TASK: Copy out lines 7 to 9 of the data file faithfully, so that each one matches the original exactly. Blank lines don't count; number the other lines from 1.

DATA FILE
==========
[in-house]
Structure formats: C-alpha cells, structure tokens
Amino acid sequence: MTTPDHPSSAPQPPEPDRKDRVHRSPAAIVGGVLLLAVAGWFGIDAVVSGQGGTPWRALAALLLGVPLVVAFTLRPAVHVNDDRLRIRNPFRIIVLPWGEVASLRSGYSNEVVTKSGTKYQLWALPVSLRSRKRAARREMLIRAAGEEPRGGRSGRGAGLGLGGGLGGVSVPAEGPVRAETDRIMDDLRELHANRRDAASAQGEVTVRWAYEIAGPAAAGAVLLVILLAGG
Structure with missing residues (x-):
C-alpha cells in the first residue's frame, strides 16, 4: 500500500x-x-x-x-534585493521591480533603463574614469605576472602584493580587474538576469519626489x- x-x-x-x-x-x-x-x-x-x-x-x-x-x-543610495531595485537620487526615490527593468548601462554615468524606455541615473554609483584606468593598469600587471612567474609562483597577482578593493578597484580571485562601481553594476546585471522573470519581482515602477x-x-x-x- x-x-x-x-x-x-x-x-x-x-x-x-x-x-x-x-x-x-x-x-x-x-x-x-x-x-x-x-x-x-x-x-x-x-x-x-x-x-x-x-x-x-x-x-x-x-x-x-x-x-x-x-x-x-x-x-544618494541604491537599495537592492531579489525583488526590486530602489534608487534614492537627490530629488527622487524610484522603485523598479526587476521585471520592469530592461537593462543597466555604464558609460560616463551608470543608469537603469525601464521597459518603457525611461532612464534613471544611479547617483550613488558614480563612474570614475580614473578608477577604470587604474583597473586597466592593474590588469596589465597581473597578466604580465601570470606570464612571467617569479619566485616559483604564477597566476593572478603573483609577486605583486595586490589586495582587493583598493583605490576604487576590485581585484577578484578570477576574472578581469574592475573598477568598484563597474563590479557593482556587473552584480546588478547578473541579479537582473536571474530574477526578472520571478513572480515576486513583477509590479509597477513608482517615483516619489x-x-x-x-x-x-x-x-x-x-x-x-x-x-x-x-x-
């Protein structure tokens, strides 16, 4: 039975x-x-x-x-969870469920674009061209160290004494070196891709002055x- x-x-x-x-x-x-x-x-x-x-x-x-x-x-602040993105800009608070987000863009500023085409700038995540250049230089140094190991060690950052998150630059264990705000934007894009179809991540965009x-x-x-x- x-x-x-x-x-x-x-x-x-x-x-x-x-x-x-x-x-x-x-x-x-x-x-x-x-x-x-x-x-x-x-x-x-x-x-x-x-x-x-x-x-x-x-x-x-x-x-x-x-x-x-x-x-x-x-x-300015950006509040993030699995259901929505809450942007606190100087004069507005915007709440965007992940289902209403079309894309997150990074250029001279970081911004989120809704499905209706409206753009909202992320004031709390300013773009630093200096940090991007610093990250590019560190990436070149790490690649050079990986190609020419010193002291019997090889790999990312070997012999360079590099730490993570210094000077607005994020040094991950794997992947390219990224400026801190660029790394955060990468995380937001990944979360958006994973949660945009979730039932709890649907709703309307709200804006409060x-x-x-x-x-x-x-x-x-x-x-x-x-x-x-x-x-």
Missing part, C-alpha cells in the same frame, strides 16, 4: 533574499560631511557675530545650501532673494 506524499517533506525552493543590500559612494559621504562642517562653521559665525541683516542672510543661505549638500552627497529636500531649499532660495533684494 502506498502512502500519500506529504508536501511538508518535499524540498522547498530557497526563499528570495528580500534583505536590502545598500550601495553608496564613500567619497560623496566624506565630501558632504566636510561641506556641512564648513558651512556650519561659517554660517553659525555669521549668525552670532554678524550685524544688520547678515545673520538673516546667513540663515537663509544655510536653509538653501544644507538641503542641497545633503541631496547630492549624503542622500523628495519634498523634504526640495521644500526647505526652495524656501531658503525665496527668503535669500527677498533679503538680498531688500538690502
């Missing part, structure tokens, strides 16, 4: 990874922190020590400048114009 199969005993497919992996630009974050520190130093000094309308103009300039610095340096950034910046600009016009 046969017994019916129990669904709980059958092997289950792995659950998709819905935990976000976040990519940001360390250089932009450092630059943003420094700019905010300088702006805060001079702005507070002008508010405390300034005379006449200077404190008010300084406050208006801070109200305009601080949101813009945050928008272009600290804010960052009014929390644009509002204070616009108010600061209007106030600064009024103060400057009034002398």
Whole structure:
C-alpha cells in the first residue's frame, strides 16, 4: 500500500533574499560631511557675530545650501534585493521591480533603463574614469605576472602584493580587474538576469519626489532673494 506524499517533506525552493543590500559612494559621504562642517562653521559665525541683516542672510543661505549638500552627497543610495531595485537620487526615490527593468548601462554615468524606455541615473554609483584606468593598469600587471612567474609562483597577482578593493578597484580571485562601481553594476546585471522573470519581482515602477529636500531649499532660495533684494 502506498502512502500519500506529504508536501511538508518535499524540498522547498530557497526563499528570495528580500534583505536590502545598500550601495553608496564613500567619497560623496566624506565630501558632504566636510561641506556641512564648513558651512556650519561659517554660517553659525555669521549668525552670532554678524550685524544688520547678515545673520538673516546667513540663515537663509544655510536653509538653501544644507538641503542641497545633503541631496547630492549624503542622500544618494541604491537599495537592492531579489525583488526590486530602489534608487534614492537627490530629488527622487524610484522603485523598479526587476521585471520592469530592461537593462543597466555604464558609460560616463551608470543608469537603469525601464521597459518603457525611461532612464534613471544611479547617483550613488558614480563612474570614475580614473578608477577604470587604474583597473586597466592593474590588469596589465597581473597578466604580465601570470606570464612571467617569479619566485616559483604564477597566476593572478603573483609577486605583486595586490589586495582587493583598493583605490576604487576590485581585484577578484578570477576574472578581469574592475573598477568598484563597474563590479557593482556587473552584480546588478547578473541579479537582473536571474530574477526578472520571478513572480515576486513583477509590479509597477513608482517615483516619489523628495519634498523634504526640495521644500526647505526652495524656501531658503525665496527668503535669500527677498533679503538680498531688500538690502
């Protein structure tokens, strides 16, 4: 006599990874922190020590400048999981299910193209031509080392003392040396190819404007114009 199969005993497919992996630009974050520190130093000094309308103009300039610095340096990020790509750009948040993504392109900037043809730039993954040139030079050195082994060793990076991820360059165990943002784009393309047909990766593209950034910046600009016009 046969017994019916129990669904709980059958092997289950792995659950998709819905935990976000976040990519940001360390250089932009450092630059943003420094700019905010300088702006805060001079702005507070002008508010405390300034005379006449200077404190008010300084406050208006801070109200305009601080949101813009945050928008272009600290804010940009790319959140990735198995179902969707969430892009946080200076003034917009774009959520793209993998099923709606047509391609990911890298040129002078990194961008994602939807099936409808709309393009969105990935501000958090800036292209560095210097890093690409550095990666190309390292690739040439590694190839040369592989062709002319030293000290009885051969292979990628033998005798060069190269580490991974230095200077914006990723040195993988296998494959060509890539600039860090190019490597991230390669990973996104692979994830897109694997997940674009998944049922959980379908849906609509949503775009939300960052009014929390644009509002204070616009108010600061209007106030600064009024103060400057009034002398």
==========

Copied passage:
Missing part, C-alpha cells in the same frame, strides 16, 4: 533574499560631511557675530545650501532673494 506524499517533506525552493543590500559612494559621504562642517562653521559665525541683516542672510543661505549638500552627497529636500531649499532660495533684494 502506498502512502500519500506529504508536501511538508518535499524540498522547498530557497526563499528570495528580500534583505536590502545598500550601495553608496564613500567619497560623496566624506565630501558632504566636510561641506556641512564648513558651512556650519561659517554660517553659525555669521549668525552670532554678524550685524544688520547678515545673520538673516546667513540663515537663509544655510536653509538653501544644507538641503542641497545633503541631496547630492549624503542622500523628495519634498523634504526640495521644500526647505526652495524656501531658503525665496527668503535669500527677498533679503538680498531688500538690502
């Missing part, structure tokens, strides 16, 4: 990874922190020590400048114009 199969005993497919992996630009974050520190130093000094309308103009300039610095340096950034910046600009016009 046969017994019916129990669904709980059958092997289950792995659950998709819905935990976000976040990519940001360390250089932009450092630059943003420094700019905010300088702006805060001079702005507070002008508010405390300034005379006449200077404190008010300084406050208006801070109200305009601080949101813009945050928008272009600290804010960052009014929390644009509002204070616009108010600061209007106030600064009024103060400057009034002398």
Whole structure: